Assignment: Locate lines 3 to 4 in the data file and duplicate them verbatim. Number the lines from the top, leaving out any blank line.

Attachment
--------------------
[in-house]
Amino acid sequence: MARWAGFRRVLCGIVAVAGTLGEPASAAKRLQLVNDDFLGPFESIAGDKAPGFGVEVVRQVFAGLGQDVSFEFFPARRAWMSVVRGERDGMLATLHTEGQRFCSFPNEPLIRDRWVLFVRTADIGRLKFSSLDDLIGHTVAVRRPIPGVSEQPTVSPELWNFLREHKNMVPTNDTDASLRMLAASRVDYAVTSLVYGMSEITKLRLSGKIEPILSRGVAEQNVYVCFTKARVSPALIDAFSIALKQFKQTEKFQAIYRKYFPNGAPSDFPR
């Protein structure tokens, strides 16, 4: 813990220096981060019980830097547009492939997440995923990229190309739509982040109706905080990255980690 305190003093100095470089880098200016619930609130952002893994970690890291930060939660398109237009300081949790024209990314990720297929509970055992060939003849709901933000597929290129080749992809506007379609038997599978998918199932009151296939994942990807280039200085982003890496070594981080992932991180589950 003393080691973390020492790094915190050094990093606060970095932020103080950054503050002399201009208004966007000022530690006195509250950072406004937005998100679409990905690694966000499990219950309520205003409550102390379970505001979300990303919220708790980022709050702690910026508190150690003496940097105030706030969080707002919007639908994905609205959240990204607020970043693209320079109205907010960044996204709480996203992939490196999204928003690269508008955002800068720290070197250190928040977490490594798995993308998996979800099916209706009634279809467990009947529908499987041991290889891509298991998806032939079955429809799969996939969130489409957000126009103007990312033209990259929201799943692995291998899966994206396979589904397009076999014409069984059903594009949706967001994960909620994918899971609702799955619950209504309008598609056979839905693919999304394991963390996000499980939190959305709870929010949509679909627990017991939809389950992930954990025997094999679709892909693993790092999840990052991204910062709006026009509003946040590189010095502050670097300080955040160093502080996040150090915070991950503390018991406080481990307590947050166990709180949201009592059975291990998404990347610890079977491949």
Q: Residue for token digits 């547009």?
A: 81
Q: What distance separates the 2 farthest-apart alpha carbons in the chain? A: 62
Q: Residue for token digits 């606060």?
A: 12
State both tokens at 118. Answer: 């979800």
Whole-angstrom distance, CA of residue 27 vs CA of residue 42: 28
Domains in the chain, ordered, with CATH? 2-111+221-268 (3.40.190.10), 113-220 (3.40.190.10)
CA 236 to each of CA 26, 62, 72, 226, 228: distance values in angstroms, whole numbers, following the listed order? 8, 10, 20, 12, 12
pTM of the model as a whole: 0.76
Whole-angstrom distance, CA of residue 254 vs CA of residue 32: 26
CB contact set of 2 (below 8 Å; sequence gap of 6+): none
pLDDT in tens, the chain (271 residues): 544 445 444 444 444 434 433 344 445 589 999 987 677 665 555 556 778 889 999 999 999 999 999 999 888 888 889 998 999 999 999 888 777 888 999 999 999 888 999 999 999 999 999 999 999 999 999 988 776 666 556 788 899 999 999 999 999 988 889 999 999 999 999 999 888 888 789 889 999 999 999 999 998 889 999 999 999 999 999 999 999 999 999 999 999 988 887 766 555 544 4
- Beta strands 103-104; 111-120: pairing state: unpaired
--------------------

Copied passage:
């Protein structure tokens, strides 16, 4: 813990220096981060019980830097547009492939997440995923990229190309739509982040109706905080990255980690 305190003093100095470089880098200016619930609130952002893994970690890291930060939660398109237009300081949790024209990314990720297929509970055992060939003849709901933000597929290129080749992809506007379609038997599978998918199932009151296939994942990807280039200085982003890496070594981080992932991180589950 003393080691973390020492790094915190050094990093606060970095932020103080950054503050002399201009208004966007000022530690006195509250950072406004937005998100679409990905690694966000499990219950309520205003409550102390379970505001979300990303919220708790980022709050702690910026508190150690003496940097105030706030969080707002919007639908994905609205959240990204607020970043693209320079109205907010960044996204709480996203992939490196999204928003690269508008955002800068720290070197250190928040977490490594798995993308998996979800099916209706009634279809467990009947529908499987041991290889891509298991998806032939079955429809799969996939969130489409957000126009103007990312033209990259929201799943692995291998899966994206396979589904397009076999014409069984059903594009949706967001994960909620994918899971609702799955619950209504309008598609056979839905693919999304394991963390996000499980939190959305709870929010949509679909627990017991939809389950992930954990025997094999679709892909693993790092999840990052991204910062709006026009509003946040590189010095502050670097300080955040160093502080996040150090915070991950503390018991406080481990307590947050166990709180949201009592059975291990998404990347610890079977491949």
Q: Residue for token digits 């547009």?